Boston — Question: What is one of the most important ways to choose a mutual fund? Answer: Look at past performance. Although, as the advertisements say, this is no guarantee of future performance, it is perhaps your best judge of how the fund might do in up and down markets.
Why, then, when there are more than 500 equity mutual funds to choose from, would anyone invest in a new one, with no performance history? And if there are so many funds, why has this been a record year for the introduction of new ones?
Among the reasons for the growth of new funds, industry observers believe, are the strong bull market on Wall Street, an interest in cutting the tax bite, new investment ideas, and a desire to specialize in new, growing industries, such as high technology.
Whatever the reasons, they were enough for the industry to introduce 38 new funds through mid-September of this year, according to Paul Reed, editor of the United Mutual Fund Selector, a fund newsletter published in Boston. For all of last year, only 32 new funds were introduced. There were also 38 new funds in 1981, but only 22 in 1980, and 11 in both 1978 and '79.
''The stock market has certainly played a part,'' Mr. Reed suggests. ''Also, there are a great many more specialty funds going after specific segments of the market. Instead of all-around growth or bonds funds, we have things like Prudential-Bache's Option Income Fund or the variety of science-technology funds. That kind of approach.''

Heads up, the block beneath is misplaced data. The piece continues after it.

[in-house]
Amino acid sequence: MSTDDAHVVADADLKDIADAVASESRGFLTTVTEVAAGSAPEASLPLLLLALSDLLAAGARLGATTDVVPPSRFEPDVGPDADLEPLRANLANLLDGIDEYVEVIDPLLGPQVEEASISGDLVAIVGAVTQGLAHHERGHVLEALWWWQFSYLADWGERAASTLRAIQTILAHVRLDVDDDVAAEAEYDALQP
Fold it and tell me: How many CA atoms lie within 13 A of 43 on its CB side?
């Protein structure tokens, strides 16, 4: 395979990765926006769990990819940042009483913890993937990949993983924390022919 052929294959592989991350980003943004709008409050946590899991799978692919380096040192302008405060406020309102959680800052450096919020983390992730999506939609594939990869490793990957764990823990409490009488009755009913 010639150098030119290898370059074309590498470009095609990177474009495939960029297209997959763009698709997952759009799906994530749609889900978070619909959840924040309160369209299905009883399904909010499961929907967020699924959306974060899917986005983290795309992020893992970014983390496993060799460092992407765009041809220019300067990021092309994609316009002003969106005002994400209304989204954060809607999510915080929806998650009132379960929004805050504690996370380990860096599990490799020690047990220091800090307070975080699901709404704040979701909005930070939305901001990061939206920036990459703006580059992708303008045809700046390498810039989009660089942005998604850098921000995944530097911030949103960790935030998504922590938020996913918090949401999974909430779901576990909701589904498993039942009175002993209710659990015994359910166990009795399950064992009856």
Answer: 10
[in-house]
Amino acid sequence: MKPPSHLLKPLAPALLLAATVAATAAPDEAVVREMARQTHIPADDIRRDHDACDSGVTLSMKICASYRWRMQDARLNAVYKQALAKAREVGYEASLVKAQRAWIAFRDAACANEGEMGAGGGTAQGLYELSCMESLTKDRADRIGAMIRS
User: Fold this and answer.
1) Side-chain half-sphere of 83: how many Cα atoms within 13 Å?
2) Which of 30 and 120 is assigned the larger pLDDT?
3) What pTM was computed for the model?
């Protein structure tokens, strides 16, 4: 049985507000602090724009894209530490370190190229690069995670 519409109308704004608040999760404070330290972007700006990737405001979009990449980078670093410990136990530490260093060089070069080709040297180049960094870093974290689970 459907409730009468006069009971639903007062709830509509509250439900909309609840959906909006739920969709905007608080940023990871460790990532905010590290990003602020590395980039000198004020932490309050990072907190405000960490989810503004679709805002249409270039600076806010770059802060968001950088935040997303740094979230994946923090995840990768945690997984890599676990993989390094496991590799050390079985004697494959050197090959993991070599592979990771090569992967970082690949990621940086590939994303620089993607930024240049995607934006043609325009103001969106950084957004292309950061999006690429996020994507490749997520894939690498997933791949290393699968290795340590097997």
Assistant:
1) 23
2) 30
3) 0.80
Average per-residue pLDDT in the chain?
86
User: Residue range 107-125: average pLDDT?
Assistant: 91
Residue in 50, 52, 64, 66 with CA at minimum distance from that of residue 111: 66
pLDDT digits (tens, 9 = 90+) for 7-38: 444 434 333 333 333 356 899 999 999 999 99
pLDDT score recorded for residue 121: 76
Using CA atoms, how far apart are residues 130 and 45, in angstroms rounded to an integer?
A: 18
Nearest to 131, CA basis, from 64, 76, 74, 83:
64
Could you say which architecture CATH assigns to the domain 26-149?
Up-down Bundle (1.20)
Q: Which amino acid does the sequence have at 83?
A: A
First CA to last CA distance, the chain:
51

''That kind of approach'' does seem to be enough to attract new investors to the new funds, despite arguments against them.
''I don't see why (there are so many new funds), due to the inherent defects in strategy,'' said Sheldon Jacobs, editor of the No-Load Fund Investor, a Hastings On Hudson, N.Y., firm that publishes a newsletter and handbook on these investments. ''Even with bond funds, the newer ones tend to perform somewhat worse than the old funds.''
In one section of the Handbook for No-Load Fund Investors, Mr. Jacobs analyzes the performance of new funds from 1971 to 1981. Of 30 new aggressive growth funds, 57 percent underperformed the average fund of the same type in their first year of operation. And of 47 new growth funds, 60 percent were below average in their first year, while 41 percent of new equity-income funds were below average.
All of these comparisons were for the funds' first-year performances, and several of the funds have done well over the long haul since they were introduced. In addition, if only new funds introduced by established investment companies with proven management are included, the performance averages would improve.
One of the arguments for new funds is that the initial offering may generate a large influx of new cash. If there is enough money, the fund can do a better job of diversifying its investments, supposedly one of the big advantages of a mutual fund. On the other hand, there may be too much money for the managers to invest wisely.
Also, a new fund has not yet made any mistakes it has to correct. But it hasn't done anything right, either.